In that life I would last mere moments, even if I had been born to that life. Too many flaws. Too much of a burden. Much better is the life I have today, even with all its insufficiencies. It remains life, the most precious of gifts bestowed on the unthinking universe. To be allowed to admire its vast arching complexity. The universe knowing itself even if only in one small way. What will all those small ways add up to? I’m glad I have this life. I hope that you are glad to have your life, as limited as we have made it for you.

How would you tell me, if you could tell me? The kisses and butt shimmies that pass for tail wags for you make me believe you are happy, but are you really happy? Would you have preferred the short life but a merry one, the life that a teenage me almost embraced? Had a different door opened, I would have gone there and been long gone by now. In that last fleeting moment of consciousness would I have thanked the universe for my brief moment in the sun or cursed my bad genetic luck for saddling me with such a miserable existence?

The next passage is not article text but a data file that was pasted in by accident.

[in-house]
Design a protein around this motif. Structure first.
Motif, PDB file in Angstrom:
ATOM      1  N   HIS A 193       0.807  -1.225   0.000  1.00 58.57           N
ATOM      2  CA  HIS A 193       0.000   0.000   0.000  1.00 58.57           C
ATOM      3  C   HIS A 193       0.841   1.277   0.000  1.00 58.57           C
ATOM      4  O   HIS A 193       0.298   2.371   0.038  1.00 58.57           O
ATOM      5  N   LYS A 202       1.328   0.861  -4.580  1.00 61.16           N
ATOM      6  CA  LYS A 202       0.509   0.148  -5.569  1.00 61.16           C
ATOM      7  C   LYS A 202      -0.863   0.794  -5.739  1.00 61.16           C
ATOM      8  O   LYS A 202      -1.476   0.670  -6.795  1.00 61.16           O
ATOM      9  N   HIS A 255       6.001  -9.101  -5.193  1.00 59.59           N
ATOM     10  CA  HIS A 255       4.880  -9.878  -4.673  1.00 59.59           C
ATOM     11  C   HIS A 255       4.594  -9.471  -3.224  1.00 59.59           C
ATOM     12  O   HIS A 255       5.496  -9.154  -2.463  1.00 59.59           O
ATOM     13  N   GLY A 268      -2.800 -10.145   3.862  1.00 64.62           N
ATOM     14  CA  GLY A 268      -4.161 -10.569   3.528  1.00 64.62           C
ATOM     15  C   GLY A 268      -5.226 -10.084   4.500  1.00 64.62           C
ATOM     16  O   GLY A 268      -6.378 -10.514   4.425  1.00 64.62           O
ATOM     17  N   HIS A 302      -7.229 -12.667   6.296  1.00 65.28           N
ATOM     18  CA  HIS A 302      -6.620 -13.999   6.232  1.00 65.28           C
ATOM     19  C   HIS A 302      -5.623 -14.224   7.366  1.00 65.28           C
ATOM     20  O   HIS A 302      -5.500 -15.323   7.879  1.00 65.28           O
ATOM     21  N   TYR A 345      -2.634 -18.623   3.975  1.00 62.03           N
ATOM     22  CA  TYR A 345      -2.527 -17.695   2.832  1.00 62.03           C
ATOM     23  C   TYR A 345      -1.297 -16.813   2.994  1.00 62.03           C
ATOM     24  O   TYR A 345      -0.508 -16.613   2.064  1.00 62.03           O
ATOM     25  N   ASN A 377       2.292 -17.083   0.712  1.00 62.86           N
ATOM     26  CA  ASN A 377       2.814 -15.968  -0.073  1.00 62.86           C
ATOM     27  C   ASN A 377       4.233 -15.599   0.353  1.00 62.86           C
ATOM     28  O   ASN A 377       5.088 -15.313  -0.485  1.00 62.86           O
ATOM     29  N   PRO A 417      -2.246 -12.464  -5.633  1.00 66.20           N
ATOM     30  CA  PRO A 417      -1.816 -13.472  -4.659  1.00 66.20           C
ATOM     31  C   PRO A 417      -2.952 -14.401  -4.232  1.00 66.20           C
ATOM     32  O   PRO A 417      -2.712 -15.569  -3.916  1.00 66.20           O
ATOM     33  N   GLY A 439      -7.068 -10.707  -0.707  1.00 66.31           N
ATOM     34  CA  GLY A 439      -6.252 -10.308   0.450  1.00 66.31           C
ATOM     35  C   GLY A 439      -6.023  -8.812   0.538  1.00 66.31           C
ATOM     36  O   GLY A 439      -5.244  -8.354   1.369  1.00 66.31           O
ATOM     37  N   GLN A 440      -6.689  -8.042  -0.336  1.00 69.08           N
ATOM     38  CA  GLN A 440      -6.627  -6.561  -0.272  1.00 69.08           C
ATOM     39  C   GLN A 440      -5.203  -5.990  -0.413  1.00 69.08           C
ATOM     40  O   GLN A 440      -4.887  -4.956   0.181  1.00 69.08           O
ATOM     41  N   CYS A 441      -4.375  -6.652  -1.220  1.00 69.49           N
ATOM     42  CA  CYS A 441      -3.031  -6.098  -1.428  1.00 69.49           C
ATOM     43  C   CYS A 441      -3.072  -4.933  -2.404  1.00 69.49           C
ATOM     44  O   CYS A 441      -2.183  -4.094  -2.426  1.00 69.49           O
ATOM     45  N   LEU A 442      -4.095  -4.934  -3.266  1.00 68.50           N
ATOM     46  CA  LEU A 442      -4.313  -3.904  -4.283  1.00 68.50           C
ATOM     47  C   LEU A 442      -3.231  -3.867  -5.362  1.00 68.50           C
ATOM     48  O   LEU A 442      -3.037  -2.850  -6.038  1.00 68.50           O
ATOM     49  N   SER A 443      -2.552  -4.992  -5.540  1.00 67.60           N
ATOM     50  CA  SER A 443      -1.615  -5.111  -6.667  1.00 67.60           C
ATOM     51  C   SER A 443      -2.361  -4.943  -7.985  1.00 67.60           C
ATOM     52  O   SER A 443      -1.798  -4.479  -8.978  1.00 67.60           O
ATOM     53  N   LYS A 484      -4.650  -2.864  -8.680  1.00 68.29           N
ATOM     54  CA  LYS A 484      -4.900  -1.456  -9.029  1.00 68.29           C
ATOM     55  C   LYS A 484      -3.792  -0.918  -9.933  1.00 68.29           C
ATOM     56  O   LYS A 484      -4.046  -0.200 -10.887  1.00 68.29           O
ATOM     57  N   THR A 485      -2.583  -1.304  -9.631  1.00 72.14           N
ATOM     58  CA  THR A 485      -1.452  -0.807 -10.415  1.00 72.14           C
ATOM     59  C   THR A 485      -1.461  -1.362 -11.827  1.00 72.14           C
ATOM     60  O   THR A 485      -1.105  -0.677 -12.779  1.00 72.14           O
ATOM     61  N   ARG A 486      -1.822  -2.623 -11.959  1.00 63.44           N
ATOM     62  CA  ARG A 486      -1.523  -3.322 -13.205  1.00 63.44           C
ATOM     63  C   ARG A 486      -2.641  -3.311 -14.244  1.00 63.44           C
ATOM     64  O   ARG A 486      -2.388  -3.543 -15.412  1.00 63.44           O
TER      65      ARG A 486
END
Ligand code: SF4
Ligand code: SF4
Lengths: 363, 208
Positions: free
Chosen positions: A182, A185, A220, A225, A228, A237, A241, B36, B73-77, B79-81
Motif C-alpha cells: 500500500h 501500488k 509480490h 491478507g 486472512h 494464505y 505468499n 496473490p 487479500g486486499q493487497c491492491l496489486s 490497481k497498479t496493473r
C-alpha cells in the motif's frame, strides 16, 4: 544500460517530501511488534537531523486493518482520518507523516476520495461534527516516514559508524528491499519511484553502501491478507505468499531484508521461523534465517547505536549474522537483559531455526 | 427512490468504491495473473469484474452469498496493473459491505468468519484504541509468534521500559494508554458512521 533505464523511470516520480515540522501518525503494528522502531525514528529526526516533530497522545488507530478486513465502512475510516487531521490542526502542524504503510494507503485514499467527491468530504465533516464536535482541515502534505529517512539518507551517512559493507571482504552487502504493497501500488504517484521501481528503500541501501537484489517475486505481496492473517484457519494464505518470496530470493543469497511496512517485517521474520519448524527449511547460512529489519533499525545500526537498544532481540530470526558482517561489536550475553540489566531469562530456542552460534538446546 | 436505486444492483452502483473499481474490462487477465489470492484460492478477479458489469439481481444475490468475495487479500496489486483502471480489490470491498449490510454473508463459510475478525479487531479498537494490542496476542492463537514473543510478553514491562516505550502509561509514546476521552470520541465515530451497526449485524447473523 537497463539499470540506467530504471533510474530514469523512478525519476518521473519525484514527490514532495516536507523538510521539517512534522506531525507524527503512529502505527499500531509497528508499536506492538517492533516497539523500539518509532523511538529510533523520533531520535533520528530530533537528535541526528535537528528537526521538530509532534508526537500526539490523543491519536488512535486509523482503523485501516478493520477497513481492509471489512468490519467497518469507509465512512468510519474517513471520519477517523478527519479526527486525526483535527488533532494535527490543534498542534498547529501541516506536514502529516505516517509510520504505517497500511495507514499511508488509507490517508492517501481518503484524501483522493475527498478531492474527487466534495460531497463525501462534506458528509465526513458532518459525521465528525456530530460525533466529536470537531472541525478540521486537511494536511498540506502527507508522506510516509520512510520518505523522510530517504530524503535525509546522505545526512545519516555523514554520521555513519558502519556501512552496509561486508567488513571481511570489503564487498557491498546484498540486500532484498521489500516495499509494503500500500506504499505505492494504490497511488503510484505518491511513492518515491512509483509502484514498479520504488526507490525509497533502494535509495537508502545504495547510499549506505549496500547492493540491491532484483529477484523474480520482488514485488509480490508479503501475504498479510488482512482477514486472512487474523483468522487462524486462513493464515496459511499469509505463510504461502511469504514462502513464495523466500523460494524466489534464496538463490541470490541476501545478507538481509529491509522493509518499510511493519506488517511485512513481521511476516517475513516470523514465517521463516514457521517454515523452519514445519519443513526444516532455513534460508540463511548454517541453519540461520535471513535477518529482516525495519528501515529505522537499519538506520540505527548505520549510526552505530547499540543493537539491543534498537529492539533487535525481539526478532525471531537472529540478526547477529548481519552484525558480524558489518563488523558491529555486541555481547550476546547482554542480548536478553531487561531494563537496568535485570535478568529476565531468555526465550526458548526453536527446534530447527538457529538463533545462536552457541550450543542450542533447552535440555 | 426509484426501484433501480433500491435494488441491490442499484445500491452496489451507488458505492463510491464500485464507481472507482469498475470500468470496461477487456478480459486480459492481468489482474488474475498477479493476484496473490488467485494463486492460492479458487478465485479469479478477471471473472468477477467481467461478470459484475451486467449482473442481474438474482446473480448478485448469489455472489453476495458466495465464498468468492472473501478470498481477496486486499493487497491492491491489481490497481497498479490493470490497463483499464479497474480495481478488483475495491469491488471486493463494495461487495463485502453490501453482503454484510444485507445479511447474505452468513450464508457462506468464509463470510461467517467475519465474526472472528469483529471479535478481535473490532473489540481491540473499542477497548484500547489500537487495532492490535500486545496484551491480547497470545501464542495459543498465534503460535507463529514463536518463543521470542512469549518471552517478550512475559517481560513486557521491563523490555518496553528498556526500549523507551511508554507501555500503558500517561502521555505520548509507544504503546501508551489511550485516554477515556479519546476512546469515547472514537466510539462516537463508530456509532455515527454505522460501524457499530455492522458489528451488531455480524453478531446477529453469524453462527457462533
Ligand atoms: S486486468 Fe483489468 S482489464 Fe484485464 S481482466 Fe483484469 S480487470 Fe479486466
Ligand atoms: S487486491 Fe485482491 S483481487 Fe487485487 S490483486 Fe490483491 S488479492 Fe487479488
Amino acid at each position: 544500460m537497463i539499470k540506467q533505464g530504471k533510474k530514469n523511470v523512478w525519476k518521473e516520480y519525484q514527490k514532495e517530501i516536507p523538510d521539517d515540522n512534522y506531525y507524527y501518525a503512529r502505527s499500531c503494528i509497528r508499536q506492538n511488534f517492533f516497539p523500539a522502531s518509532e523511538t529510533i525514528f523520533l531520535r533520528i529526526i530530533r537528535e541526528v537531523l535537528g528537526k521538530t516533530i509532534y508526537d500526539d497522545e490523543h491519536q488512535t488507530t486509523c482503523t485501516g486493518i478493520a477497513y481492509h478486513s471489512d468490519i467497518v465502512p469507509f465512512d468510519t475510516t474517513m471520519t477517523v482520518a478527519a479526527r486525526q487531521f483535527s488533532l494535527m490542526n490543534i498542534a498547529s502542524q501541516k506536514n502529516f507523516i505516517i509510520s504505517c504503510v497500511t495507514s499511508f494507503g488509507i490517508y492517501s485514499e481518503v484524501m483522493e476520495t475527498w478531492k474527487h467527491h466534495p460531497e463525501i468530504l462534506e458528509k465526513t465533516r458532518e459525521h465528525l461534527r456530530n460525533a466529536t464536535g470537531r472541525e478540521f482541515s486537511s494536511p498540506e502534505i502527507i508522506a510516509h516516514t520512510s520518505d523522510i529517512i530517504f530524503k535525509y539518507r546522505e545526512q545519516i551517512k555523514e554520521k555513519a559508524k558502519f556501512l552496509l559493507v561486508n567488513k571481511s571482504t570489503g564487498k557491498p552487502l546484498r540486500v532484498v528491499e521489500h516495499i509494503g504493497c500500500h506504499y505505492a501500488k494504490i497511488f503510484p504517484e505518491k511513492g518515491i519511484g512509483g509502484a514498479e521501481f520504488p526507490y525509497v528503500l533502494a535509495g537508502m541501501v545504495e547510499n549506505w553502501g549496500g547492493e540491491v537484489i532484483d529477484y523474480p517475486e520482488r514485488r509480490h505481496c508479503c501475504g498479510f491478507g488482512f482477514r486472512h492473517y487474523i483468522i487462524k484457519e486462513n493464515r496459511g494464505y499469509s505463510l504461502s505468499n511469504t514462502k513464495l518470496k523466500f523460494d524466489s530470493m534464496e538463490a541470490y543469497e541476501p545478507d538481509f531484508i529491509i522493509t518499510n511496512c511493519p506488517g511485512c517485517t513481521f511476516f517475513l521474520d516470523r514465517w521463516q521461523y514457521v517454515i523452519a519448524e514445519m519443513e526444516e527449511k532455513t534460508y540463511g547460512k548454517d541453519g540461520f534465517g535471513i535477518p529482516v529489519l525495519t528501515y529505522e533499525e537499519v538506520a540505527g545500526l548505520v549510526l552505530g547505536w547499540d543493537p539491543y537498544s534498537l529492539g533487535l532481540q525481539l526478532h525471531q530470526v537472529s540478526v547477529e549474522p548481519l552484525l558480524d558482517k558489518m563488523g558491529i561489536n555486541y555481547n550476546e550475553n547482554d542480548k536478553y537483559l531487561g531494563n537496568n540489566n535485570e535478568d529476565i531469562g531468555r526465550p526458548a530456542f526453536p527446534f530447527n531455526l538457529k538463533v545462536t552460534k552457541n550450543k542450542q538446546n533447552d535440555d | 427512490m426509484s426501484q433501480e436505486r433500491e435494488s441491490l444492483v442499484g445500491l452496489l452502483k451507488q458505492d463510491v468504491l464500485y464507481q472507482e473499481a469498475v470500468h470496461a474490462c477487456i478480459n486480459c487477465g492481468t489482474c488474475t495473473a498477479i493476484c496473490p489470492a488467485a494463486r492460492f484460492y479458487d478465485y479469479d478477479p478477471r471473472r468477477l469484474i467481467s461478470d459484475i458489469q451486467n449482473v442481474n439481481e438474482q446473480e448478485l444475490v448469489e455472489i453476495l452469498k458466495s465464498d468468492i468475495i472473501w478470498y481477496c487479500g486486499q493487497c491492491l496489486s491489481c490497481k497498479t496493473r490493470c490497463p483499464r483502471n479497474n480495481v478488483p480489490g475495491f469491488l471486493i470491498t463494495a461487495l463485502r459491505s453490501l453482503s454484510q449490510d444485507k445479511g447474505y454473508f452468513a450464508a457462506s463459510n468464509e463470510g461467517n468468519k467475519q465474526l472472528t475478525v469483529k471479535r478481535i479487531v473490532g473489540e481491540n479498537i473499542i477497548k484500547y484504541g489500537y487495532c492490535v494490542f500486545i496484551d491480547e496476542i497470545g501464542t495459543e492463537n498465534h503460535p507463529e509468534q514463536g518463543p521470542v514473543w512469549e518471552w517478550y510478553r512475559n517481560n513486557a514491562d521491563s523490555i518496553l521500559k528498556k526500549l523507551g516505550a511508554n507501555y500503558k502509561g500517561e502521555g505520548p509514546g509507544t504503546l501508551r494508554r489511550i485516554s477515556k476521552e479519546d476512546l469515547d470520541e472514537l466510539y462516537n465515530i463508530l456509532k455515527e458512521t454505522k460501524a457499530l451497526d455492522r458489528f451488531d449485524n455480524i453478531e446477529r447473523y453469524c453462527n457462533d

I will never know. I have but this life, and you have but your own life. If you could speak would you grumble about how your absent balls still itch? Or would you have already moved on to the next contemplation? Where has that tennis ball gotten off to again? Can we go for a walk now? I hope that the latter is true.

Do not hate me, my faithful companion. I acted in what I thought was your best interest and my best interests together. The best plan that my flawed human consciousness could conjure up, with what little resources I have to offer to both you and I at this late date. Yes, let’s go take that walk now. It is the least I can do for you. We can find that wayward tennis ball when we get back.

Author: RAnthony

I'm a freethinking, unapologetic liberal. I'm a former CAD guru with an architectural fetish. I'm a happily married father. I'm also a disabled Meniere's sufferer.